• So if you look at all of the instances of the word cat in a giant database, you know, John, corpus of text and all of the instances of the word dog they're gonna be surrounded by, you know, words like pet and words like, you know, feed and words like play.

  • And you know, that kind of thing cute, such right on.

  • So that gives some indication that these years of similar words, the challenge that word in beddings are trying to come up with It's like, How do you represent words as vectors?

  • Such that too similar vectors to similar words, and possibly so that directions have some meeting as well.

  • Um, because then that should allow our networks to be able to understand better what we're talking about in the text.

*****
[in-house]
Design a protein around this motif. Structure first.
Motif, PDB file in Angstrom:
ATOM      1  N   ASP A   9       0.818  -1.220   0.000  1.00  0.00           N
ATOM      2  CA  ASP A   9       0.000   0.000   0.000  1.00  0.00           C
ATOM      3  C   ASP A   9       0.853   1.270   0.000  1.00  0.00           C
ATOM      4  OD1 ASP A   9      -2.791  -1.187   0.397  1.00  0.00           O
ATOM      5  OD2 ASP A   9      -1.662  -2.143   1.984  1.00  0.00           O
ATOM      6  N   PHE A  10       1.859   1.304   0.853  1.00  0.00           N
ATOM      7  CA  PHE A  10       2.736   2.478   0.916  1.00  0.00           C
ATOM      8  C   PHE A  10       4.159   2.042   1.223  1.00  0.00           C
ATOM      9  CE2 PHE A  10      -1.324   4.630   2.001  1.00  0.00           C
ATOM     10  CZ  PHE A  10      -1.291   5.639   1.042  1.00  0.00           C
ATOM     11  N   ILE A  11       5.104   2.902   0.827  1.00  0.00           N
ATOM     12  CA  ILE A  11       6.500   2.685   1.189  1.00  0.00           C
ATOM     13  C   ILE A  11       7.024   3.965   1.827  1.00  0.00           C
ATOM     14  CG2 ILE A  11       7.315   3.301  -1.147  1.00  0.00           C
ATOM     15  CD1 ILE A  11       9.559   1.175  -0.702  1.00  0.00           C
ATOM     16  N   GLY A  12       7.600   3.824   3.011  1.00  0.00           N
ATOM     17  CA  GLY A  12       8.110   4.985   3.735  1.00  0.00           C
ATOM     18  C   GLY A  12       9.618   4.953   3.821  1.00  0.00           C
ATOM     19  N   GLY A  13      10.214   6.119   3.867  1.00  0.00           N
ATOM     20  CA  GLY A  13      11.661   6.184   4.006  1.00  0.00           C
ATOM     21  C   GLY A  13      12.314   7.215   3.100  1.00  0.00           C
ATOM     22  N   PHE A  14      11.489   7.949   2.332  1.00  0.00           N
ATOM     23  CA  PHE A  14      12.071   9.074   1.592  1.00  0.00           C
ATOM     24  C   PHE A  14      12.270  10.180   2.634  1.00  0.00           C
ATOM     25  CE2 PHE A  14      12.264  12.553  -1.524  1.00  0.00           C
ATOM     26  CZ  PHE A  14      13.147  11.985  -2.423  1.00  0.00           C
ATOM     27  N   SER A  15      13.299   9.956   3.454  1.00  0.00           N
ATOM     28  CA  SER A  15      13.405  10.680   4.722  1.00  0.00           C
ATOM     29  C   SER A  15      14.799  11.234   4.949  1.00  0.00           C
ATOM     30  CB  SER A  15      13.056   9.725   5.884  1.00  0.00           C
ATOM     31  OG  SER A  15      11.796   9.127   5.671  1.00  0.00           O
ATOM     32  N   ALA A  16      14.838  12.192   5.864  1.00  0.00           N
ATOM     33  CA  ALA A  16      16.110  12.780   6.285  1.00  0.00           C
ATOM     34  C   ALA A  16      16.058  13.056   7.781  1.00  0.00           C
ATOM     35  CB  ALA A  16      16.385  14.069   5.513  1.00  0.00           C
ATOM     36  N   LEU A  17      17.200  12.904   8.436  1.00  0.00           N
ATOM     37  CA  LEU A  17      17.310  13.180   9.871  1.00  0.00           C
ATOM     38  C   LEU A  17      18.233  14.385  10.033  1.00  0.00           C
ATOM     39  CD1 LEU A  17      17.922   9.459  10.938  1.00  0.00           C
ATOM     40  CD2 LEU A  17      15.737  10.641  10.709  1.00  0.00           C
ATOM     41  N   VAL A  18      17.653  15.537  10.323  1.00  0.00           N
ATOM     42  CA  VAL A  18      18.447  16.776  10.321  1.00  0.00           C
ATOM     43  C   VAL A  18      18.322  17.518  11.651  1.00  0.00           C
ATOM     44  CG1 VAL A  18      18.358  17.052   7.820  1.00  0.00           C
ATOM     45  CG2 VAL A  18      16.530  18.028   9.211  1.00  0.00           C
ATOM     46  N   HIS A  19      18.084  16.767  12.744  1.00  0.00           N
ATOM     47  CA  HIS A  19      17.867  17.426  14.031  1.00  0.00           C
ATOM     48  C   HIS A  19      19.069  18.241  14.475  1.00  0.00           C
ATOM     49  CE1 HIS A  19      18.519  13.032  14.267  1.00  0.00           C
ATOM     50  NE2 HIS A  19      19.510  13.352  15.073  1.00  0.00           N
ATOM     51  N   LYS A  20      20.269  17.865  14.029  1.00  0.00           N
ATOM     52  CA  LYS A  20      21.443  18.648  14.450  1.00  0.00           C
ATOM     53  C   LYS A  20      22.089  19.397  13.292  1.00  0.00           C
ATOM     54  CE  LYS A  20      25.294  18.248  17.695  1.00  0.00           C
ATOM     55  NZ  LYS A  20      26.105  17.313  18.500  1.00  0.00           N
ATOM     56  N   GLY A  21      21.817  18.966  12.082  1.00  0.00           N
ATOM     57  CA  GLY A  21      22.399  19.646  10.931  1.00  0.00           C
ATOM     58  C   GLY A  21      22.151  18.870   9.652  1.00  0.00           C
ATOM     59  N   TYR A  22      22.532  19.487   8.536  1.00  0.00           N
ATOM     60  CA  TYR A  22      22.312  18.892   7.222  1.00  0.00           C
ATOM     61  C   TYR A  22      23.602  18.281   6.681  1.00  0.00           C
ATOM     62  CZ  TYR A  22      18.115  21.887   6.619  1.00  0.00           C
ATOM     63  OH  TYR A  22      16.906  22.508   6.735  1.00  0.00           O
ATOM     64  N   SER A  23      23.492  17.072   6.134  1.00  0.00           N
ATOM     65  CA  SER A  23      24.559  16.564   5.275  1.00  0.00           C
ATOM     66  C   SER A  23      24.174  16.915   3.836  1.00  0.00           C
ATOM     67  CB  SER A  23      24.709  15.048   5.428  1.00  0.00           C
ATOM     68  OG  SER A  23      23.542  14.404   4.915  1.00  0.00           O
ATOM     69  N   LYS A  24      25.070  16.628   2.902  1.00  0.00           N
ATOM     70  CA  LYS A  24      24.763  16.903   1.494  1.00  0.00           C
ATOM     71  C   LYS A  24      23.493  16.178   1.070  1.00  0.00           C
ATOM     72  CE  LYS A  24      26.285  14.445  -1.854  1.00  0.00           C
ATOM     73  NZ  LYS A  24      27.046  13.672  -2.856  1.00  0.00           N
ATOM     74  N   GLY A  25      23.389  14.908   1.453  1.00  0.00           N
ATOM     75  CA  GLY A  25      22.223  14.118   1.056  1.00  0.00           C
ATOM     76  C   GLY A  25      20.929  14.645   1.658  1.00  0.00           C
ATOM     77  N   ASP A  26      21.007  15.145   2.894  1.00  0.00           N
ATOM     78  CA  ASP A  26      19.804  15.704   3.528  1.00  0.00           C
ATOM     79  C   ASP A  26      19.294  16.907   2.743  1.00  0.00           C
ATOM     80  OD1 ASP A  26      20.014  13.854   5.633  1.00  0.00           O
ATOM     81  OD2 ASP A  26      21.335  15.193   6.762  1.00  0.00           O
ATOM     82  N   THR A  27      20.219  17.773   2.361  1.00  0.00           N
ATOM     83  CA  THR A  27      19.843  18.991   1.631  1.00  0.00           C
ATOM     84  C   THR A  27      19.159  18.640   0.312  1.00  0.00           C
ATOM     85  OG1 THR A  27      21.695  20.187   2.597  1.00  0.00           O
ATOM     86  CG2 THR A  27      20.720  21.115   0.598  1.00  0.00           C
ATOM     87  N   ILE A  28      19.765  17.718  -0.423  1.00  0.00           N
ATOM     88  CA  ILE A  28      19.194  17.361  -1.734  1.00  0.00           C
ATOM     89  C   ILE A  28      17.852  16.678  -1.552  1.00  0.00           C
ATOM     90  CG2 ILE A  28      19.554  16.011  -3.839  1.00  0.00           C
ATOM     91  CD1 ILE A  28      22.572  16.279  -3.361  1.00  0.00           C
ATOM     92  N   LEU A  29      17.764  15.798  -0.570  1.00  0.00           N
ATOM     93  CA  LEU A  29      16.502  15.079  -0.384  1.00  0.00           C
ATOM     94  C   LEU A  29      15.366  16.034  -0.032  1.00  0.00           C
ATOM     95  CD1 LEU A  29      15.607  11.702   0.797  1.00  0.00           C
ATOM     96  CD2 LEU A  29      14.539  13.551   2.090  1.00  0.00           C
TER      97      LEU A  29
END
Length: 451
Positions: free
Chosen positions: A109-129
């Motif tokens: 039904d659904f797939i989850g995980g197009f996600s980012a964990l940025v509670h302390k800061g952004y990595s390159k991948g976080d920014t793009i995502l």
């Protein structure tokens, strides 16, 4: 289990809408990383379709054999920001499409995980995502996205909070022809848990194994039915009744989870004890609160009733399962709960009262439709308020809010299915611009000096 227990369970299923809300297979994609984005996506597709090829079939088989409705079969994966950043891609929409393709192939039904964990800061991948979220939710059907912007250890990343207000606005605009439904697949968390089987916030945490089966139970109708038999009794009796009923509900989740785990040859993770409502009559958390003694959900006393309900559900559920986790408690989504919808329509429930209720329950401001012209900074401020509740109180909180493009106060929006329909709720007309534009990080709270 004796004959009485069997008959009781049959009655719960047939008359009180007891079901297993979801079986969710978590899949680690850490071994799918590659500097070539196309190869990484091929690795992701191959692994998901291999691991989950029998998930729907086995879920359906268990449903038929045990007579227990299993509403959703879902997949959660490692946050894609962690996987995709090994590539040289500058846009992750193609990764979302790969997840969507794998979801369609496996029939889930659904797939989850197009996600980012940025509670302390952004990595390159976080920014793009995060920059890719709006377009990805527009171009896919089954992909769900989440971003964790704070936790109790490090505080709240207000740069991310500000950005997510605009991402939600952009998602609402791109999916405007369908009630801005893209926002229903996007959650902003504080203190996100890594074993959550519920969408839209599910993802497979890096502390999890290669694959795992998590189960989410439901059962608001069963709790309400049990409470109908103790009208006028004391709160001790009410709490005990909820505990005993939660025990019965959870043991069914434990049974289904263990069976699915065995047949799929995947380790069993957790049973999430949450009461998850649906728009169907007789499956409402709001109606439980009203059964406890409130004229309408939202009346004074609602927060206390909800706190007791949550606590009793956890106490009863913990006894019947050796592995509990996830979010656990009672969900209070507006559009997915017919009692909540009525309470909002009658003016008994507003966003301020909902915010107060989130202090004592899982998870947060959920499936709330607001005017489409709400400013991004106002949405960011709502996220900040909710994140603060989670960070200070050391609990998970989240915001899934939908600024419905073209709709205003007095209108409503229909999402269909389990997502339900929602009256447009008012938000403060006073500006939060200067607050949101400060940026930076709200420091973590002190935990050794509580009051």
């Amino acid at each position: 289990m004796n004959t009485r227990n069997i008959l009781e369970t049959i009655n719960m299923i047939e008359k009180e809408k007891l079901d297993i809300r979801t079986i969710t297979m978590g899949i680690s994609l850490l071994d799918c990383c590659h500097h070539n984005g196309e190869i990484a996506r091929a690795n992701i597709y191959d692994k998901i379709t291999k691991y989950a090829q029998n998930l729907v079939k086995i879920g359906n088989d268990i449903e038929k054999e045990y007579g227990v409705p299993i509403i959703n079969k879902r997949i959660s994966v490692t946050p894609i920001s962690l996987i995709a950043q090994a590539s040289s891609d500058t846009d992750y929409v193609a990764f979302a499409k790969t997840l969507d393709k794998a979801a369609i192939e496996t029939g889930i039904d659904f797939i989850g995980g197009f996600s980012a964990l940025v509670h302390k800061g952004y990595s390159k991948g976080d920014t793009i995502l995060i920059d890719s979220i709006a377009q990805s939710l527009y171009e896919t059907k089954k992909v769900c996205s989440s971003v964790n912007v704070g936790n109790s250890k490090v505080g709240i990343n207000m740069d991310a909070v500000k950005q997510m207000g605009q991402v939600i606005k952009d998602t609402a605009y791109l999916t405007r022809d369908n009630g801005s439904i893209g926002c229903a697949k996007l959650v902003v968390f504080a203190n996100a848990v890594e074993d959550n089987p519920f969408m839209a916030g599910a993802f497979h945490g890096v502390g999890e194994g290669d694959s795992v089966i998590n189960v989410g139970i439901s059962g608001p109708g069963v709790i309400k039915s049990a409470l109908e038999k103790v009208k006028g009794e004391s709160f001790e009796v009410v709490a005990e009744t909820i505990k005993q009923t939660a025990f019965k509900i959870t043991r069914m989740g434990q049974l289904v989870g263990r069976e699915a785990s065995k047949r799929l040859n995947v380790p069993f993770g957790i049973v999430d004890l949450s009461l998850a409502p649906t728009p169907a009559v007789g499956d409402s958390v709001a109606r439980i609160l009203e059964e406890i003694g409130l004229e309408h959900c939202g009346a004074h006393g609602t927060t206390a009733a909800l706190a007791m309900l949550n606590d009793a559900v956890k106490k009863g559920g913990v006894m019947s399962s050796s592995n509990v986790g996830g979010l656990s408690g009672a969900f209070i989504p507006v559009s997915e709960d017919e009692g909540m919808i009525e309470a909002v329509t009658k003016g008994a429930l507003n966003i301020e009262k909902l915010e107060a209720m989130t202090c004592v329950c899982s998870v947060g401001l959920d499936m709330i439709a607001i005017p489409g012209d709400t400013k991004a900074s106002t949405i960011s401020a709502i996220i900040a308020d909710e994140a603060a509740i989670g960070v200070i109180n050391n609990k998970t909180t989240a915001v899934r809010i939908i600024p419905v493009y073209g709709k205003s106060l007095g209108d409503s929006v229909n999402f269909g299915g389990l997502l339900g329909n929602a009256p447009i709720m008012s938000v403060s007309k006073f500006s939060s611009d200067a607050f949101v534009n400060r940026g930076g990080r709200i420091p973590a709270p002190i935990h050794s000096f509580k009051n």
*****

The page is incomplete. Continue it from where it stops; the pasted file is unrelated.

• So the thing people realised was, if you have a language model that's able to get good performance if, like predicting the next word in a sentence.

  • Um, and the architecture of that model is such that it doesn't have that many neurons in its hidden layers.

  • It has to be compressing that information down efficiently.

  • So you've gone the inputs to your network.

  • Let's say, for the sake of simplicity, your language model is just taking a word and trying to guess the next word.

  • So we only have to deal with having one word in every port.

  • But so are input is this very tool thing, right?

  • 10,000 toll, and these then feed into a hidden layer, which is much smaller.

  • I mean more than five.

  • But it might be like a few 100.

  • Maybe, let's say 300.

  • And these are sort of the connections, and all of these is connected to all of these, and it feeds in, and then coming out the other end, you're back out to 10,000 again, right?

  • Because your output is it's gonna make one of these high.

  • You do something like soft Max to turn that into a probability distribution.

  • So you give it a word from the dictionary.

  • It then does something on DDE What comes out?